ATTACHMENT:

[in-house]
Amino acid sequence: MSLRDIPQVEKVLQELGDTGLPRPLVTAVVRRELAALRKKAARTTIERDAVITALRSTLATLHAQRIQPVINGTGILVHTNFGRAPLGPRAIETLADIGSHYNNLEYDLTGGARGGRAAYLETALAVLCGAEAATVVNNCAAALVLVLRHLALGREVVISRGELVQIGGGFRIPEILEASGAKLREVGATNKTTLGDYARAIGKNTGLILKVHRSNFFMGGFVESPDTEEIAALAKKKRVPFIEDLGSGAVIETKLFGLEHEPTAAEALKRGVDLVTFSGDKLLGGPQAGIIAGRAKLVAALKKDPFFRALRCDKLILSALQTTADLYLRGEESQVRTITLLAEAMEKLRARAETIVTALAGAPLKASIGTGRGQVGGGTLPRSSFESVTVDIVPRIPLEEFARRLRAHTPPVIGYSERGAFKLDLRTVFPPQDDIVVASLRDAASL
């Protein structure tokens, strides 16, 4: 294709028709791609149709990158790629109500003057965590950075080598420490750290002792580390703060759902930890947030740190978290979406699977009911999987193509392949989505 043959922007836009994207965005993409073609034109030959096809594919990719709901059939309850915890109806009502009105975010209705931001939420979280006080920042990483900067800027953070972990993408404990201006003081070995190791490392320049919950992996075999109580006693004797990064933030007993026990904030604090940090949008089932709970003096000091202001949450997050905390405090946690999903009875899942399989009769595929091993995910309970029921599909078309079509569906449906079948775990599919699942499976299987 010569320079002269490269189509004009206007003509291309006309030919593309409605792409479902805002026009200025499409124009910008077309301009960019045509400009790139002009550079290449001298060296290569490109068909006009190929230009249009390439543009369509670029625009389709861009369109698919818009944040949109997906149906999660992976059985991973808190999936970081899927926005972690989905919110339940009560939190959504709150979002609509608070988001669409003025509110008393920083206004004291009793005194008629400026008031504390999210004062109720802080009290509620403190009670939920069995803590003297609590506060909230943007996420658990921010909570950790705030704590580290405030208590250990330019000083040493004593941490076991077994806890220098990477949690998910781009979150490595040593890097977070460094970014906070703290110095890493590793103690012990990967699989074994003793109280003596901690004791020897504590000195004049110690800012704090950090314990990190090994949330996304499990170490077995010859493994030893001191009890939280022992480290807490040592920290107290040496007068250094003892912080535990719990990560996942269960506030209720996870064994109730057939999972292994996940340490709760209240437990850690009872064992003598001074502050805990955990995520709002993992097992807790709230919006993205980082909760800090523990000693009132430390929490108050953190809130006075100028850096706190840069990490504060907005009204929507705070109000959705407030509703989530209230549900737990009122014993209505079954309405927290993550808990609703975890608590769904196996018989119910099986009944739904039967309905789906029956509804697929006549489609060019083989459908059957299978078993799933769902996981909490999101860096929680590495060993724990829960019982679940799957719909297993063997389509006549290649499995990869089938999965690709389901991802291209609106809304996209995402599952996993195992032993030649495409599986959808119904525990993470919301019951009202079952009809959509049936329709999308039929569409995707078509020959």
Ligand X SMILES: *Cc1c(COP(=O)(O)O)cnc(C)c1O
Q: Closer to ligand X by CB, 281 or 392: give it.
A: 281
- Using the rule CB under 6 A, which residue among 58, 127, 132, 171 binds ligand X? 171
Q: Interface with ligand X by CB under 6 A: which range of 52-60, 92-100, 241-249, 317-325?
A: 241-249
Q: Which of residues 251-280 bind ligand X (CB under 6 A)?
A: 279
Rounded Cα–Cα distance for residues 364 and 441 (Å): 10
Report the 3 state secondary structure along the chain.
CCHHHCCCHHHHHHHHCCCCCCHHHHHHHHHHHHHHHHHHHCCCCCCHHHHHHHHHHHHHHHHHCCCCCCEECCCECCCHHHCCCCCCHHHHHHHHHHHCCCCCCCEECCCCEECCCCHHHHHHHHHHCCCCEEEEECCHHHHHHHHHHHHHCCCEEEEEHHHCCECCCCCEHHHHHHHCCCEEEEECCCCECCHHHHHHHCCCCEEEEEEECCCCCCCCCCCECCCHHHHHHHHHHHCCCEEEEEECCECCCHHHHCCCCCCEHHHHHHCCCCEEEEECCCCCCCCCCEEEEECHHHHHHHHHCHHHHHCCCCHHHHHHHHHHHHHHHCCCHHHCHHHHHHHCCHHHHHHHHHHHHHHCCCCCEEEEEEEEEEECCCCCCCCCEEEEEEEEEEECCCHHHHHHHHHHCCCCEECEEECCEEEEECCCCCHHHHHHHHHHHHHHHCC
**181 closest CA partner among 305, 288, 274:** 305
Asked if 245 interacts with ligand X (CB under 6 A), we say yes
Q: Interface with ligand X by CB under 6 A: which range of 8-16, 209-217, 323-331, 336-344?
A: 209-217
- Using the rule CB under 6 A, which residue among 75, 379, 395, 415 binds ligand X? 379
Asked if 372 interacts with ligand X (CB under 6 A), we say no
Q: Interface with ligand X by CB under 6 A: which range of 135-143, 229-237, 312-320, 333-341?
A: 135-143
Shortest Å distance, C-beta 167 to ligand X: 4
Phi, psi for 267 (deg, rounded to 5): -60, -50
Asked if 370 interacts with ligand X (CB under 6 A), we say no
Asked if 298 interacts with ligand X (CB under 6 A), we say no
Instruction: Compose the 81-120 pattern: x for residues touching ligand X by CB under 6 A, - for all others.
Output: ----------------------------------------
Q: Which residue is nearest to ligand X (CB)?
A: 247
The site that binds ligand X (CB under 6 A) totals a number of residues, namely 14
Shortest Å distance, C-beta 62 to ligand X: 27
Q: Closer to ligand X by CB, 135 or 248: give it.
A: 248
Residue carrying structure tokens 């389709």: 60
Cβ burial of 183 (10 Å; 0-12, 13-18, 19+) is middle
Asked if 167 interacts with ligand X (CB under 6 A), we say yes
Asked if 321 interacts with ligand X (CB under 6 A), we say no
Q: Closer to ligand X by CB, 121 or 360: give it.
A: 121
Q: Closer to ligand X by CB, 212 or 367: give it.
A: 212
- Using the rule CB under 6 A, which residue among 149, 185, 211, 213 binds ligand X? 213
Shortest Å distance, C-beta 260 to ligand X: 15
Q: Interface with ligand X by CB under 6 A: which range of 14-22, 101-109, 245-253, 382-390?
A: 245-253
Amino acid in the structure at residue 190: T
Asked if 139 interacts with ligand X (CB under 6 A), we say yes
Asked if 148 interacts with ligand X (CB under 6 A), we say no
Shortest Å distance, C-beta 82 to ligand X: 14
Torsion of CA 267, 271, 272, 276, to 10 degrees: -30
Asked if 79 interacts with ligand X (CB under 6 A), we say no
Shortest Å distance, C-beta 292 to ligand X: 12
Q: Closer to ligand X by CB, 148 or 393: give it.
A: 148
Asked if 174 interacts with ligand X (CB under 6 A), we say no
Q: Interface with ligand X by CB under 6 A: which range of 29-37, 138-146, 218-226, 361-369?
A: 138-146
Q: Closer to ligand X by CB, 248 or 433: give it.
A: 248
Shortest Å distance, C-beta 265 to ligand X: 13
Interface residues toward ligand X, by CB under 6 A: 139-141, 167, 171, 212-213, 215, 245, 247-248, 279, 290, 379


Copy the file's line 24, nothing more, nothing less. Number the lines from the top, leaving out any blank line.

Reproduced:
Phi, psi for 267 (deg, rounded to 5): -60, -50